China's parliament this week approved a decision to create laws for Hong Kong to curb sedition, secession, terrorism and foreign interference. Mainland security and intelligence agents may be stationed in the city for the first time - moves critics say puts the city's extensive freedoms at risk.
Trump did not name any sanctions targets but said the announcement would "affect the full range of agreements we have with Hong Kong", including the U.S.-Hong Kong extradition treaty to export controls on dual-use technologies and more "with few exceptions".
China's Global Times, which is published by the People's Daily, the official newspaper of China's ruling Communist Party, said Trump's decision was a "recklessly arbitrary" step.
The Hong Kong government - which has a long history of working ties with U.S. counterparts distinct from Beijing - has yet to respond, although it warned on Thursday the move could be a double edged sword.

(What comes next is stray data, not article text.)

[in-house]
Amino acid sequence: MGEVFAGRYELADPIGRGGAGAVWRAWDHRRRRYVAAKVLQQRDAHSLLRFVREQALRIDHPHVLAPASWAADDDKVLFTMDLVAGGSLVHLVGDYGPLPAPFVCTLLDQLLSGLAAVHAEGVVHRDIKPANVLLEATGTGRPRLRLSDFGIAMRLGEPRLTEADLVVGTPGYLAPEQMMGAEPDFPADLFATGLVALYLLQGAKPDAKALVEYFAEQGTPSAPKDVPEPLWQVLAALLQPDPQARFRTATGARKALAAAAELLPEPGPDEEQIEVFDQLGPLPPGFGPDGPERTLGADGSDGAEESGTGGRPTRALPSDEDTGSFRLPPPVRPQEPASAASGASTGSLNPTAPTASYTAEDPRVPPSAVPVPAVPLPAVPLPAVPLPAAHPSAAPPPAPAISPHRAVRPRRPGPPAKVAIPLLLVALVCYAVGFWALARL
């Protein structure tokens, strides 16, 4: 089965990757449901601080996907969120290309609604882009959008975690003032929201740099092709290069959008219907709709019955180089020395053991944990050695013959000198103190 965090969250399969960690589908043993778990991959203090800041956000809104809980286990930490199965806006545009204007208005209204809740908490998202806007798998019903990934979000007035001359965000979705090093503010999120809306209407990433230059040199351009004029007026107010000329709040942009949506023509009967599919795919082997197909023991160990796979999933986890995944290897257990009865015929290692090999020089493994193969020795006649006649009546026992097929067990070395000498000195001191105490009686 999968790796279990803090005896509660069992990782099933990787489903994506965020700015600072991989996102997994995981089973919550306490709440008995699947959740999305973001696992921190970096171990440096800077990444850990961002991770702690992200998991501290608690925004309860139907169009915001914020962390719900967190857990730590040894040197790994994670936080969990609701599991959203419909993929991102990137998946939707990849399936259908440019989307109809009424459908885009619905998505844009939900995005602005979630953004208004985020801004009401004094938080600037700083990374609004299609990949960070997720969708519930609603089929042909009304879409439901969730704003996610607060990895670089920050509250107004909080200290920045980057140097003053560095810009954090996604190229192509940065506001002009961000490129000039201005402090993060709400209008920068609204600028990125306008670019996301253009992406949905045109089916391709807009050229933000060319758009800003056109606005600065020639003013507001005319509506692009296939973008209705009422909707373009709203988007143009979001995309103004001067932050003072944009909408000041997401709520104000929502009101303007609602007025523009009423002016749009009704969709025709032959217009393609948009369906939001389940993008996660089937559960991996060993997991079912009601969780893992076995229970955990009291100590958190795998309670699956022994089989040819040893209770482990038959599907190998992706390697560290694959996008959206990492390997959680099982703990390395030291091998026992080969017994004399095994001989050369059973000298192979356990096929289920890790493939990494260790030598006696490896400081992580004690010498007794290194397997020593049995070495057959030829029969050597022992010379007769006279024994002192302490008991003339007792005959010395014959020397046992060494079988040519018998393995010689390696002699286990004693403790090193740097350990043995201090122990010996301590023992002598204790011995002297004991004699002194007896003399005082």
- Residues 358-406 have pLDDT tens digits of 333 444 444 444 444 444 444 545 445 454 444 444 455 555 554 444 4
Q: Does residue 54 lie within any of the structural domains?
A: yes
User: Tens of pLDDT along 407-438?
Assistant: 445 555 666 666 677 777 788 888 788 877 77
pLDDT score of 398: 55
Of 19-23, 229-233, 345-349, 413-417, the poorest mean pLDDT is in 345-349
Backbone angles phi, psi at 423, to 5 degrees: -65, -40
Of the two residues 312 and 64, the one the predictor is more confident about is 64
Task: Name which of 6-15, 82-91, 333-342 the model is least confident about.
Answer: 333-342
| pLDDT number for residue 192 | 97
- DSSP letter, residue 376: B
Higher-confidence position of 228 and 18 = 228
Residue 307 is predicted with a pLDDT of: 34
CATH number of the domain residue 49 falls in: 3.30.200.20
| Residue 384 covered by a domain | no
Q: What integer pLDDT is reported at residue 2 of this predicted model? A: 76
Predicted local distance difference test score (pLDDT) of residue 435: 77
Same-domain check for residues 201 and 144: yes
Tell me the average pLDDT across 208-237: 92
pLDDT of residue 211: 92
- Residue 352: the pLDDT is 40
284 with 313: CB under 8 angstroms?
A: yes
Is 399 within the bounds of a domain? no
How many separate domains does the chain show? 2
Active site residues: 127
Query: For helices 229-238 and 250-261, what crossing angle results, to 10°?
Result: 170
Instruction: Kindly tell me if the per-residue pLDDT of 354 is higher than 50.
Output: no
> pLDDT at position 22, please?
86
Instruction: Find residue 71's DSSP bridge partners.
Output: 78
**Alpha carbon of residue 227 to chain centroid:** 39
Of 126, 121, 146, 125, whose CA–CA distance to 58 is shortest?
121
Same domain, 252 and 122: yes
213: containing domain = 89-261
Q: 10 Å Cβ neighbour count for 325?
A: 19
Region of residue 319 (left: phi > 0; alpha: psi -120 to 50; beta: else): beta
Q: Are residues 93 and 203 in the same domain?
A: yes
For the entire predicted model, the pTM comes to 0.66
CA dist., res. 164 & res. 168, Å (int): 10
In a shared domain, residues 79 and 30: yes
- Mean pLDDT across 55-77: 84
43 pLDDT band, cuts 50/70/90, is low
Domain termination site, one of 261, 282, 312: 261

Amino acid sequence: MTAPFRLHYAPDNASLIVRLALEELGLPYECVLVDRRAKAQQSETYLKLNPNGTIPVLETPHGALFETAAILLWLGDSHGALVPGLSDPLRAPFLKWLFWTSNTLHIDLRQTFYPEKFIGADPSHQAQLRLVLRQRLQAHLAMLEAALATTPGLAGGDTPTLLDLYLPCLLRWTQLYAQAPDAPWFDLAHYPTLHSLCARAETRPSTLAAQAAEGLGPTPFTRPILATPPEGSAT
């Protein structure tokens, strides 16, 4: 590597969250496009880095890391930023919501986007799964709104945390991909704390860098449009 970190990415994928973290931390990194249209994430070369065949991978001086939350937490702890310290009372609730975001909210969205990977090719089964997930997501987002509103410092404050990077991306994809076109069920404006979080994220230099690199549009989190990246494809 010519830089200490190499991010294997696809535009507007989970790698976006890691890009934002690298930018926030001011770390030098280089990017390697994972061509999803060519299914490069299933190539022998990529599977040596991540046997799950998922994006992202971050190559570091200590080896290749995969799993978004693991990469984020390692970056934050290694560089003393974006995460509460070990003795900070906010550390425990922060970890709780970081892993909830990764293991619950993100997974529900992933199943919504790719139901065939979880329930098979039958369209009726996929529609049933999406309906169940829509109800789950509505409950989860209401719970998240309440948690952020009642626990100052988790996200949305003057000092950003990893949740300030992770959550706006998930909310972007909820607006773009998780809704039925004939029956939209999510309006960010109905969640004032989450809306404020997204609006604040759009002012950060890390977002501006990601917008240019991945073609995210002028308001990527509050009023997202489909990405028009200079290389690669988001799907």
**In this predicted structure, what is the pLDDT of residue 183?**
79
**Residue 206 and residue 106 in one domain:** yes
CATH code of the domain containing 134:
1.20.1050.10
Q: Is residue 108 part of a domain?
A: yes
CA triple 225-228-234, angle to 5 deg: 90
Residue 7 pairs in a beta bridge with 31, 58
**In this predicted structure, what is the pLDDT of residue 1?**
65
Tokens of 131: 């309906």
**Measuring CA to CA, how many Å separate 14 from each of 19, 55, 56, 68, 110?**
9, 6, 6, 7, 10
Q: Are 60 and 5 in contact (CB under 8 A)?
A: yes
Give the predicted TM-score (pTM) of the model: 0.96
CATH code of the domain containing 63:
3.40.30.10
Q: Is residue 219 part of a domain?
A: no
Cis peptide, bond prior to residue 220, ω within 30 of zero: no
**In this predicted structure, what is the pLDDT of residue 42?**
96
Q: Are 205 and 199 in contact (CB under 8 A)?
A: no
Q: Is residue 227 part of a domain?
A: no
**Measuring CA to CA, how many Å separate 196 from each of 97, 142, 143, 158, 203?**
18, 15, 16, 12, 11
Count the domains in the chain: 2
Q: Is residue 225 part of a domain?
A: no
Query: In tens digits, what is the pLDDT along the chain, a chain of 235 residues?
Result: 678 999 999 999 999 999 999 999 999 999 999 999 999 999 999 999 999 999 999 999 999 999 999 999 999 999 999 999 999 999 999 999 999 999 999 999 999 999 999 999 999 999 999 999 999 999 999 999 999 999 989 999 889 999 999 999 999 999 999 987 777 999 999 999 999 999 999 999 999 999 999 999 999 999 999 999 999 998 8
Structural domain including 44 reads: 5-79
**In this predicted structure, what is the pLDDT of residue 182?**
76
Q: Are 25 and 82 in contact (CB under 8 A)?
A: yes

More than 1,300 U.S. firms have offices in Hong Kong and provide about 100,000 jobs. In the past decade, the United States' trade surplus with Hong Kong has been the biggest among all its trading partners, totaling US$297 billion from 2009 to 2018.
Britain, meanwhile, is prepared to offer extended visa rights and a pathway to citizenship for almost 3 million Hong Kong residents in response to China's push to impose national security legislation in the former British colony.